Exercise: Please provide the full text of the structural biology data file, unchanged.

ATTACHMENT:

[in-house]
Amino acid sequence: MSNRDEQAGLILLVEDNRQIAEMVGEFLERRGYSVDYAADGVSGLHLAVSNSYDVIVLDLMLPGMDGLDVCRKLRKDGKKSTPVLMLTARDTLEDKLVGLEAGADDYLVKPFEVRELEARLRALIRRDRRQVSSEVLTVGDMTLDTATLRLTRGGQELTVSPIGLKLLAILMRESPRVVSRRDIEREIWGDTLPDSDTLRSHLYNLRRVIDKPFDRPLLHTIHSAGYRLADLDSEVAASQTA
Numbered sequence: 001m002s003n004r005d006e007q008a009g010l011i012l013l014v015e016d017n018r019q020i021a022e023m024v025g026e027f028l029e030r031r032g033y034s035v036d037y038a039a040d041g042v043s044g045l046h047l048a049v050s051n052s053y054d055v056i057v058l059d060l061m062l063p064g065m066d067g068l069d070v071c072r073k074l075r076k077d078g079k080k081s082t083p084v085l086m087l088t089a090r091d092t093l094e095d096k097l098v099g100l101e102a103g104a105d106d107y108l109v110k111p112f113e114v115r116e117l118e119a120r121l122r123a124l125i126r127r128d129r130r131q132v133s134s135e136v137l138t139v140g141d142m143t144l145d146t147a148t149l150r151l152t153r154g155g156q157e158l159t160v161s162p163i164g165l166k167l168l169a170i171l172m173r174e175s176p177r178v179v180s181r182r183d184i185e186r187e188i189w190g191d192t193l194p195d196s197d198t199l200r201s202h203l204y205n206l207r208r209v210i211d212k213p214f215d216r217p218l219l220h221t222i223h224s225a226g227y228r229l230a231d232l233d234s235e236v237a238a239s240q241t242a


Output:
[in-house]
Amino acid sequence: MSNRDEQAGLILLVEDNRQIAEMVGEFLERRGYSVDYAADGVSGLHLAVSNSYDVIVLDLMLPGMDGLDVCRKLRKDGKKSTPVLMLTARDTLEDKLVGLEAGADDYLVKPFEVRELEARLRALIRRDRRQVSSEVLTVGDMTLDTATLRLTRGGQELTVSPIGLKLLAILMRESPRVVSRRDIEREIWGDTLPDSDTLRSHLYNLRRVIDKPFDRPLLHTIHSAGYRLADLDSEVAASQTA
Numbered sequence: 001m002s003n004r005d006e007q008a009g010l011i012l013l014v015e016d017n018r019q020i021a022e023m024v025g026e027f028l029e030r031r032g033y034s035v036d037y038a039a040d041g042v043s044g045l046h047l048a049v050s051n052s053y054d055v056i057v058l059d060l061m062l063p064g065m066d067g068l069d070v071c072r073k074l075r076k077d078g079k080k081s082t083p084v085l086m087l088t089a090r091d092t093l094e095d096k097l098v099g100l101e102a103g104a105d106d107y108l109v110k111p112f113e114v115r116e117l118e119a120r121l122r123a124l125i126r127r128d129r130r131q132v133s134s135e136v137l138t139v140g141d142m143t144l145d146t147a148t149l150r151l152t153r154g155g156q157e158l159t160v161s162p163i164g165l166k167l168l169a170i171l172m173r174e175s176p177r178v179v180s181r182r183d184i185e186r187e188i189w190g191d192t193l194p195d196s197d198t199l200r201s202h203l204y205n206l207r208r209v210i211d212k213p214f215d216r217p218l219l220h221t222i223h224s225a226g227y228r229l230a231d232l233d234s235e236v237a238a239s240q241t242a